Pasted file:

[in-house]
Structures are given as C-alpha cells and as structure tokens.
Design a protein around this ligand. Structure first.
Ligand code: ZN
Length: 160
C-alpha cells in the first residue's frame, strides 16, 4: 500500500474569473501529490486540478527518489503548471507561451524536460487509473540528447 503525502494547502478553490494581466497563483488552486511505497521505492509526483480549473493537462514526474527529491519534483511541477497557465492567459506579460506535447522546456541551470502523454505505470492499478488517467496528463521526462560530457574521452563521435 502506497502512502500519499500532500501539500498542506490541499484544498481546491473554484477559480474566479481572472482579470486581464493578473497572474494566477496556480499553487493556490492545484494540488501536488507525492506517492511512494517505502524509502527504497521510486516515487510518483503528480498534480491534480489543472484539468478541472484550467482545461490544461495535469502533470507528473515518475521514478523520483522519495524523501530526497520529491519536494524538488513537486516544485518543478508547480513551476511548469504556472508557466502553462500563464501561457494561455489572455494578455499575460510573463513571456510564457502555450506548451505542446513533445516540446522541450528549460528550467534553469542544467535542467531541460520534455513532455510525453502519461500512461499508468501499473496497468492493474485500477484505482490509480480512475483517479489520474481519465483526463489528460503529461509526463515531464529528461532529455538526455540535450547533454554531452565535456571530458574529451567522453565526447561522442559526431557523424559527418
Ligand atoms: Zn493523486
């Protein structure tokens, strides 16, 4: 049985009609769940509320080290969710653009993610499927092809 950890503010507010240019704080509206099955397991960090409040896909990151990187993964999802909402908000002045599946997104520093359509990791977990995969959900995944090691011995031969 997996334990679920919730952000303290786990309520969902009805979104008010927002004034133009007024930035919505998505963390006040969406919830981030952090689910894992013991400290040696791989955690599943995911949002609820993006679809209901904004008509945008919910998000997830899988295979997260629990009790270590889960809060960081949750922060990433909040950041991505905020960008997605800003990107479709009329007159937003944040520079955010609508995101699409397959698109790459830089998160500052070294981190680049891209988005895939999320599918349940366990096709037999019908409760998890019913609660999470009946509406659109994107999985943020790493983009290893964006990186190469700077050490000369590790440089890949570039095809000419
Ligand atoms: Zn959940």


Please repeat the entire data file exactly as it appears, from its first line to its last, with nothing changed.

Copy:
[in-house]
Structures are given as C-alpha cells and as structure tokens.
Design a protein around this ligand. Structure first.
Ligand code: ZN
Length: 160
C-alpha cells in the first residue's frame, strides 16, 4: 500500500474569473501529490486540478527518489503548471507561451524536460487509473540528447 503525502494547502478553490494581466497563483488552486511505497521505492509526483480549473493537462514526474527529491519534483511541477497557465492567459506579460506535447522546456541551470502523454505505470492499478488517467496528463521526462560530457574521452563521435 502506497502512502500519499500532500501539500498542506490541499484544498481546491473554484477559480474566479481572472482579470486581464493578473497572474494566477496556480499553487493556490492545484494540488501536488507525492506517492511512494517505502524509502527504497521510486516515487510518483503528480498534480491534480489543472484539468478541472484550467482545461490544461495535469502533470507528473515518475521514478523520483522519495524523501530526497520529491519536494524538488513537486516544485518543478508547480513551476511548469504556472508557466502553462500563464501561457494561455489572455494578455499575460510573463513571456510564457502555450506548451505542446513533445516540446522541450528549460528550467534553469542544467535542467531541460520534455513532455510525453502519461500512461499508468501499473496497468492493474485500477484505482490509480480512475483517479489520474481519465483526463489528460503529461509526463515531464529528461532529455538526455540535450547533454554531452565535456571530458574529451567522453565526447561522442559526431557523424559527418
Ligand atoms: Zn493523486
């Protein structure tokens, strides 16, 4: 049985009609769940509320080290969710653009993610499927092809 950890503010507010240019704080509206099955397991960090409040896909990151990187993964999802909402908000002045599946997104520093359509990791977990995969959900995944090691011995031969 997996334990679920919730952000303290786990309520969902009805979104008010927002004034133009007024930035919505998505963390006040969406919830981030952090689910894992013991400290040696791989955690599943995911949002609820993006679809209901904004008509945008919910998000997830899988295979997260629990009790270590889960809060960081949750922060990433909040950041991505905020960008997605800003990107479709009329007159937003944040520079955010609508995101699409397959698109790459830089998160500052070294981190680049891209988005895939999320599918349940366990096709037999019908409760998890019913609660999470009946509406659109994107999985943020790493983009290893964006990186190469700077050490000369590790440089890949570039095809000419
Ligand atoms: Zn959940």